Texas State University released from contract to host debate, as Biden and Trump sidestep tradition

ByKayla Guo, The Texas Tribune
Tuesday, June 25, 2024
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SAN MARCOS, Texas -- Any lingering hope that Texas would host a presidential debate this cycle was dashed Monday after the Commission on Presidential Debates released Texas State University from its contract.

The San Marcos campus was expected to host the first debate of the 2024 general election on Sept. 16 until President Joe Biden and former President Donald Trump sidestepped the commission, which has historically organized the forums, and brokered their own.

Biden and Trump are expected to debate for the first time Thursday. It will be hosted by CNN in Atlanta.

Lafayette College, Virginia State University, and the University of Utah, Salt Lake City, were also selected by the commission to host debates in the fall. Like Texas State, they were released from their contracts on Monday.

"It is unfair to ask the four campuses to continue to prepare for their debates, as they have been doing since their November 2023 selection," commission co-chairs Antonia Hernández and Frank Fahrenkopf said in a statement. "We are grateful to the sites, and we are sorry to come to this decision. We are dismayed that students of the four campuses will not have the opportunity to participate in these historic voter education forums."

Texas State would have been the first Texas university to host a presidential debate. Officials were expecting to spend about $5 million to host its debate and had appointed Jack Martin, a former chair of the Texas State University System's Board of Regents, to lead fundraising.

The university said on Monday that it had immediately stopped planning and spending related to the debate when Biden and Trump announced their alternative plans last month.

"We remain steadfast in supporting our students and the entire university community as they continue to learn about democracy, to engage in civil discourse, and to participate in the electoral process throughout the upcoming election cycle," Texas State President Kelly Damphousse said in a statement on Monday, adding that the university had been excited to host the forum as the only Texas university to have graduated a U.S. president and the only Hispanic-Serving Institution selected to host a debate.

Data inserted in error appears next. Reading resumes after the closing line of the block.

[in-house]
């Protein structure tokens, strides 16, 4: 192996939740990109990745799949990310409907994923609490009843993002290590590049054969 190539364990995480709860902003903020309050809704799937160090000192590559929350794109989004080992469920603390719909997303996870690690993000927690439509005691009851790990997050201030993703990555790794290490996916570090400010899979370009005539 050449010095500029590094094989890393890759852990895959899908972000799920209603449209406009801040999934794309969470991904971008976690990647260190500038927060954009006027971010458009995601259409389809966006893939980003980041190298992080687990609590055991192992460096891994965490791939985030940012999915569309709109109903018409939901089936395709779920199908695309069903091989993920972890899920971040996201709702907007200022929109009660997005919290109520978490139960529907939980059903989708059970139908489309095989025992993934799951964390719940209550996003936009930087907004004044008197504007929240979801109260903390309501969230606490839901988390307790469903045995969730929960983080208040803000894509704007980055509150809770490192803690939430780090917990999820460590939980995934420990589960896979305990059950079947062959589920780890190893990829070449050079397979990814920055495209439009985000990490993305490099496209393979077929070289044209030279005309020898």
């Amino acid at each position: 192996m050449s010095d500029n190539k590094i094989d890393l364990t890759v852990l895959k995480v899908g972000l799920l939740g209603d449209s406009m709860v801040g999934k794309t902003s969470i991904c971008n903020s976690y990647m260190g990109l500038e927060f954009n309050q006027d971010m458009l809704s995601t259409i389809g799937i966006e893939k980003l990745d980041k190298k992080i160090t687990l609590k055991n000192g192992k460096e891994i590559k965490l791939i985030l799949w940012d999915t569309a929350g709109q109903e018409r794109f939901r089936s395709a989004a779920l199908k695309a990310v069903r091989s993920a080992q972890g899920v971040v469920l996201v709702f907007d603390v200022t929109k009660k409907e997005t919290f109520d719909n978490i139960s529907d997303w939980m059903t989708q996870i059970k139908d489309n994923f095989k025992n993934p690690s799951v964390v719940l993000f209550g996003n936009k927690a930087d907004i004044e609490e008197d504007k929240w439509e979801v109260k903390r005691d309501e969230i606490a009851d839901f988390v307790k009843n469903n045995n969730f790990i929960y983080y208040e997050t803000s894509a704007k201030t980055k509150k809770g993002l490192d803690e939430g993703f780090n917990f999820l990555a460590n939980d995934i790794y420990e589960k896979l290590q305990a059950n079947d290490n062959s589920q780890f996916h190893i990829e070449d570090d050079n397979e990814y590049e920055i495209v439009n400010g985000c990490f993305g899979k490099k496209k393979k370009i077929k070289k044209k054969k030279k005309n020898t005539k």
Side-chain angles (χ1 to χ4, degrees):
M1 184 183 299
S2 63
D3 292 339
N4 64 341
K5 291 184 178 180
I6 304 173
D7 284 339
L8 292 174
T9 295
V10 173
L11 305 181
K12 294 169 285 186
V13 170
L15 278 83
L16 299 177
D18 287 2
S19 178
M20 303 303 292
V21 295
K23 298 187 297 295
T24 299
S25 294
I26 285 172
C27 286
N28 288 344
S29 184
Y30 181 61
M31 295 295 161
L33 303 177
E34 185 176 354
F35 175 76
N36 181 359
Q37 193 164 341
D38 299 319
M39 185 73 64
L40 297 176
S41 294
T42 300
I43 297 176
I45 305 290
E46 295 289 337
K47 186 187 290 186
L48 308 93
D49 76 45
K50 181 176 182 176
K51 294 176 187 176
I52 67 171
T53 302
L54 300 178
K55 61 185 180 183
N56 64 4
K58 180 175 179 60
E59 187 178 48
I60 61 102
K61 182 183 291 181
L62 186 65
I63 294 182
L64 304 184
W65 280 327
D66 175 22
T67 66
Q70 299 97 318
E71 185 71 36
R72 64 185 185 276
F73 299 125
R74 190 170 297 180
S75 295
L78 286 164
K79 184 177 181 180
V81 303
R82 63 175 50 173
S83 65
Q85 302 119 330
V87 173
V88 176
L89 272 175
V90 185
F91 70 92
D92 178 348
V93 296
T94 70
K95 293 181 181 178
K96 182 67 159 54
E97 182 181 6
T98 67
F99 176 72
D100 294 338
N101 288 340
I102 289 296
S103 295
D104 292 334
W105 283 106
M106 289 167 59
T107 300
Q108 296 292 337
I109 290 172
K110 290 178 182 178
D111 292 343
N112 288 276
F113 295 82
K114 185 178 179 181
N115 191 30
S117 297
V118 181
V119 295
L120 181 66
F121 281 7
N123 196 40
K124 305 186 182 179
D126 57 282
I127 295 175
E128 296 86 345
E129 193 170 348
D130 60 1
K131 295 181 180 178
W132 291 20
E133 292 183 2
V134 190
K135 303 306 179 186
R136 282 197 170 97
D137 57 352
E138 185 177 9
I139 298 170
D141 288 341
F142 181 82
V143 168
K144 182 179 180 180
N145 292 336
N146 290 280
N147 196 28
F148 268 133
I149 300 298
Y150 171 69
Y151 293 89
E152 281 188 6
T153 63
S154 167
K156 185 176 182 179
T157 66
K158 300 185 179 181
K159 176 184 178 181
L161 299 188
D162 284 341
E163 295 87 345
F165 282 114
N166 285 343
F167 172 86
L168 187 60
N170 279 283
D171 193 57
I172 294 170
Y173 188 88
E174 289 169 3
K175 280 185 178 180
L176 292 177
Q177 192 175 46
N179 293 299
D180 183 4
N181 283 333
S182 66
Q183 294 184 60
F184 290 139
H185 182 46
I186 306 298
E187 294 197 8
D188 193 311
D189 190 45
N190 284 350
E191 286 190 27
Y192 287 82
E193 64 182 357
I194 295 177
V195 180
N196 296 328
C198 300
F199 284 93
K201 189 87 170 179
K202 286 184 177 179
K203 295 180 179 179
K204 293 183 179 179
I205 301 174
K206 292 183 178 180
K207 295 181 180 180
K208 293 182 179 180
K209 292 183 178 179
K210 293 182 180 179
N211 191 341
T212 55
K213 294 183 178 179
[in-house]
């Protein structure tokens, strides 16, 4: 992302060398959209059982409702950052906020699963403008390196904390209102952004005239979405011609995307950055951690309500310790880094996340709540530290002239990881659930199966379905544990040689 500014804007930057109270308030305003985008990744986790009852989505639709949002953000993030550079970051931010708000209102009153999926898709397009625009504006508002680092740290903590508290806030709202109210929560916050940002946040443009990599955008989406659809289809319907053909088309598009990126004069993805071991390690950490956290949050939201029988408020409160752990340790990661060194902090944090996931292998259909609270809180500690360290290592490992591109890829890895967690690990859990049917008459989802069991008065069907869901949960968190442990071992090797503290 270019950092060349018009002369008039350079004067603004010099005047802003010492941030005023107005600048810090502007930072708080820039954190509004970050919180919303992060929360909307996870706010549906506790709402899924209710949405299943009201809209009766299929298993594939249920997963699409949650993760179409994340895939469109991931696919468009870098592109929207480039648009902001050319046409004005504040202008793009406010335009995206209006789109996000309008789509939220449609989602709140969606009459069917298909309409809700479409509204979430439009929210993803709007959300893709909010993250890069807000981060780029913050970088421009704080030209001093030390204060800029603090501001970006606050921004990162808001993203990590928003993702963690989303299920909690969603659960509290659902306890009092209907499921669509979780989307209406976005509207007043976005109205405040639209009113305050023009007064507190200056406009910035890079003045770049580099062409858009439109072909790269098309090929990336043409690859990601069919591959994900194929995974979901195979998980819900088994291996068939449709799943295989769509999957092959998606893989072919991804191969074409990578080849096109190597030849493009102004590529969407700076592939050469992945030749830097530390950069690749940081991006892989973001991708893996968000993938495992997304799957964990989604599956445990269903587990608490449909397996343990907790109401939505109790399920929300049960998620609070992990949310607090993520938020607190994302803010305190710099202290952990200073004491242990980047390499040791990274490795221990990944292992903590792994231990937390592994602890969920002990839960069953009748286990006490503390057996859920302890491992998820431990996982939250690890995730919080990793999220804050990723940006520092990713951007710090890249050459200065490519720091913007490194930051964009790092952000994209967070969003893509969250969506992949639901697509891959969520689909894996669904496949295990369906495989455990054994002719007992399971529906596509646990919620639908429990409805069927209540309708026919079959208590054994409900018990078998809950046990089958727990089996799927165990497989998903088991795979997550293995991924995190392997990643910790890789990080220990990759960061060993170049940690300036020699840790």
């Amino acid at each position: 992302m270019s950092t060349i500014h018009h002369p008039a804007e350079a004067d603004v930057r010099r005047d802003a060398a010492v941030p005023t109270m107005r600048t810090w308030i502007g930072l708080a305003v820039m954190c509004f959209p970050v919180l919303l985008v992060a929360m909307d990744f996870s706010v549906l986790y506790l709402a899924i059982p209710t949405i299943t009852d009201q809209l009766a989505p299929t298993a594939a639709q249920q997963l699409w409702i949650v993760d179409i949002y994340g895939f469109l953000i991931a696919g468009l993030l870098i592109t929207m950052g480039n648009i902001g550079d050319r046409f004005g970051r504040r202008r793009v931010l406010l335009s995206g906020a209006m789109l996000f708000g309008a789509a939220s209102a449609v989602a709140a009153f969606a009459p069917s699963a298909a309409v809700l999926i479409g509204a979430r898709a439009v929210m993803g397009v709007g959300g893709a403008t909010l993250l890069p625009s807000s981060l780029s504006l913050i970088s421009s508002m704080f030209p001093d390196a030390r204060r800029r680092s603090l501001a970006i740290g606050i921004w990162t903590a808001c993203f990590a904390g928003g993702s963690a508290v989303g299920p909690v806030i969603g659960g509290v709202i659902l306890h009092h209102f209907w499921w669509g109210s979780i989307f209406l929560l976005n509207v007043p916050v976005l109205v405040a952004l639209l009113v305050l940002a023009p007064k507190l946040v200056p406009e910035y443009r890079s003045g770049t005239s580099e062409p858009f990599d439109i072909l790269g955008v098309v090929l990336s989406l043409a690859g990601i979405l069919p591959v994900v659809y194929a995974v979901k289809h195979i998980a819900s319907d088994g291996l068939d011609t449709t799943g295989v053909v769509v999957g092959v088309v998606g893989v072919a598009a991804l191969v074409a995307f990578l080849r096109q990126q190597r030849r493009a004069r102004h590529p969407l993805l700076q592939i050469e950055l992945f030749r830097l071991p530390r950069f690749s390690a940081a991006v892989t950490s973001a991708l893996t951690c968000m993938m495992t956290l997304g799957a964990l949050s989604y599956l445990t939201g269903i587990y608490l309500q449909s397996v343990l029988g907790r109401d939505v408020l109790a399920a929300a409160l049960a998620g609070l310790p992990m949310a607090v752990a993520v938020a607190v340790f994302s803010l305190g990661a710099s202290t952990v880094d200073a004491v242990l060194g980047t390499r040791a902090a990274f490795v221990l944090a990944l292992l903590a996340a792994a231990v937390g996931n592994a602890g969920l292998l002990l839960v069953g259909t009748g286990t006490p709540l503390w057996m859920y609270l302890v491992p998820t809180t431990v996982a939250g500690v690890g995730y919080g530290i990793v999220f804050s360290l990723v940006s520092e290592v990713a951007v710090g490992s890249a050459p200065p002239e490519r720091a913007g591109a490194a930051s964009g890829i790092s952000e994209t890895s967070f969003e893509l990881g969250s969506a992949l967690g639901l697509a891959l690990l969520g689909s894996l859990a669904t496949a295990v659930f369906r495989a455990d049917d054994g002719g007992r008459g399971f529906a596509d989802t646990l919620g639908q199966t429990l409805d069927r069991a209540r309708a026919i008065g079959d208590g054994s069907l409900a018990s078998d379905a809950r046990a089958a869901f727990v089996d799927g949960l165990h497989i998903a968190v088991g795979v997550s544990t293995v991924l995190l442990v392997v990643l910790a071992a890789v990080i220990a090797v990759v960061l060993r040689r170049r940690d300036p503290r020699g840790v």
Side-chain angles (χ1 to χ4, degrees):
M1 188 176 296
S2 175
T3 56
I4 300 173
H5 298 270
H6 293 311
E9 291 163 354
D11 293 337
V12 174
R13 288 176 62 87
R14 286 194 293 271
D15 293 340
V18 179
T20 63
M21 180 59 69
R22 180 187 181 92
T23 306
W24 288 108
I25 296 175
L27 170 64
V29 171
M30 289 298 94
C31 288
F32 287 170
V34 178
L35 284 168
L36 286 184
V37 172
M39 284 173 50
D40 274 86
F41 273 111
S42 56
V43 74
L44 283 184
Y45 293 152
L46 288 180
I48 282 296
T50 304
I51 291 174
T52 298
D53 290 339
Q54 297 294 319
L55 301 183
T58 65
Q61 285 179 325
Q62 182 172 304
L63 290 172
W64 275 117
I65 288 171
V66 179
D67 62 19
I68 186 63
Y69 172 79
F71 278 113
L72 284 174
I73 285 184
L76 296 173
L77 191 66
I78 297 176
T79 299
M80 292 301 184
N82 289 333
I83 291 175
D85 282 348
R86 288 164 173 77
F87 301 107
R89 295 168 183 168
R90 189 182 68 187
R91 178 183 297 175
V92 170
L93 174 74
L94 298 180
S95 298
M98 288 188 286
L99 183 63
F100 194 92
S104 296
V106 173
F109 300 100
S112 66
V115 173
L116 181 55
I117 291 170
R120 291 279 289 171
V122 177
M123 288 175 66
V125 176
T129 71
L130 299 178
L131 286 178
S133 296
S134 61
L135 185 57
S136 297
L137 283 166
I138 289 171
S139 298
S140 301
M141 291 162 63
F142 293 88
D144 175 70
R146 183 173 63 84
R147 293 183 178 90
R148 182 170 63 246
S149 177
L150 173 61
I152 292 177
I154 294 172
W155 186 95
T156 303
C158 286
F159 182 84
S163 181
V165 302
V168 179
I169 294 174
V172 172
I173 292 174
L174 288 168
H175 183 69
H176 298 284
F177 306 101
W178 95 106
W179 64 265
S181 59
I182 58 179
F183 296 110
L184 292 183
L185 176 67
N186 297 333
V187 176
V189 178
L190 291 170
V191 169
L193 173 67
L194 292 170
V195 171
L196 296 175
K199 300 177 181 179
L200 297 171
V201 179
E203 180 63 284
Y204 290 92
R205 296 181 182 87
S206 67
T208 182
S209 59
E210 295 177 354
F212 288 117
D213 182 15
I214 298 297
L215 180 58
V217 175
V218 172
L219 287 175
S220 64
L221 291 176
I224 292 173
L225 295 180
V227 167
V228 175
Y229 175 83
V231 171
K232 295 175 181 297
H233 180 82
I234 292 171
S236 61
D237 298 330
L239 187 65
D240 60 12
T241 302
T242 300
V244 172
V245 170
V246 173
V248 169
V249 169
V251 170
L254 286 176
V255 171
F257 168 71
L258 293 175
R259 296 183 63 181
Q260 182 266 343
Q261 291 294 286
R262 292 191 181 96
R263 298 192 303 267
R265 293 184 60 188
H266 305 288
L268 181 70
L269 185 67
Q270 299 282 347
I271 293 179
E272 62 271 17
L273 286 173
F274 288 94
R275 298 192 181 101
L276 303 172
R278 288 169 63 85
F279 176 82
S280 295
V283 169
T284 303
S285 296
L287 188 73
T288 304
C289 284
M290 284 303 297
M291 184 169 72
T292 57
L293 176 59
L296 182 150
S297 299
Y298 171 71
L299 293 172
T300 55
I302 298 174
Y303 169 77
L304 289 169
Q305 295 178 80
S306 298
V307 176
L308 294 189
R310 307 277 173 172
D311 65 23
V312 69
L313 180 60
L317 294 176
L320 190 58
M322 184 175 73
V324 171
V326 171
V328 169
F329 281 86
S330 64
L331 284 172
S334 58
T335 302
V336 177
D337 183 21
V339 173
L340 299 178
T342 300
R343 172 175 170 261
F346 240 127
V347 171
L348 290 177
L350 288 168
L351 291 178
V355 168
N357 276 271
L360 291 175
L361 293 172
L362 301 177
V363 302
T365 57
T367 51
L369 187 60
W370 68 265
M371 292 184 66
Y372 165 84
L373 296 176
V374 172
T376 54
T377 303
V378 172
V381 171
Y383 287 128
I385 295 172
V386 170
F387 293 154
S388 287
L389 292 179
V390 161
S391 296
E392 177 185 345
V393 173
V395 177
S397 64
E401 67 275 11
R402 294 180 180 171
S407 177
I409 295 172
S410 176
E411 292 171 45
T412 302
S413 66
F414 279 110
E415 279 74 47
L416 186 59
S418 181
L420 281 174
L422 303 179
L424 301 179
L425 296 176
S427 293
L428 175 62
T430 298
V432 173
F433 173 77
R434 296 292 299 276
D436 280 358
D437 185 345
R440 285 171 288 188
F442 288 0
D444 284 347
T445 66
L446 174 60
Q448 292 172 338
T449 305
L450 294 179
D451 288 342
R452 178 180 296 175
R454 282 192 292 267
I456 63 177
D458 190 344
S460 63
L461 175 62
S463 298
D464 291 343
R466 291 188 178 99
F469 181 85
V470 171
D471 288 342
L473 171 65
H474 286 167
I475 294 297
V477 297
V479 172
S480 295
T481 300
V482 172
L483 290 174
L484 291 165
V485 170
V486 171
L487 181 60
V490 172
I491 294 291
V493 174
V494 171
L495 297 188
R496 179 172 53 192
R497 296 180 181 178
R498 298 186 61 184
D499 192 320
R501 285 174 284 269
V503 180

While news organizations frequently host debates during the primary, the nonpartisan debate commission was established in 1987 to provide a neutral forum for candidates ahead of the general election.

The commission said in its statement that it would be ready to sponsor debates this election cycle "should circumstances change."

"The reason for the CPD's creation remains compelling: a neutral organization with no other role during the general election is well-positioned to offer formats that focus on the candidate and the issues that are most important to the American people," Hernández and Fahrenkopf said.

In a letter to the commission last month, the Biden campaign said that the commission's debate format was no longer up to date with contemporary voting trends. Debates were scheduled to take place after early voting in many states had already begun. The campaign also said the commission failed to enforce its own rules during the 2020 debates.

Independent presidential candidate Robert F. Kennedy Jr. failed to qualify for this week's debate in Georgia after falling short of CNN's criterion requiring participants to have qualified for ballot spots in states that totaled at least 270 Electoral College votes-the minimum to win the White House.

Trump and Biden are also expected to debate Sept. 10.

The Texas Tribune is a nonprofit, nonpartisan media organization that informs Texans - and engages with them - about public policy, politics, government and statewide issues.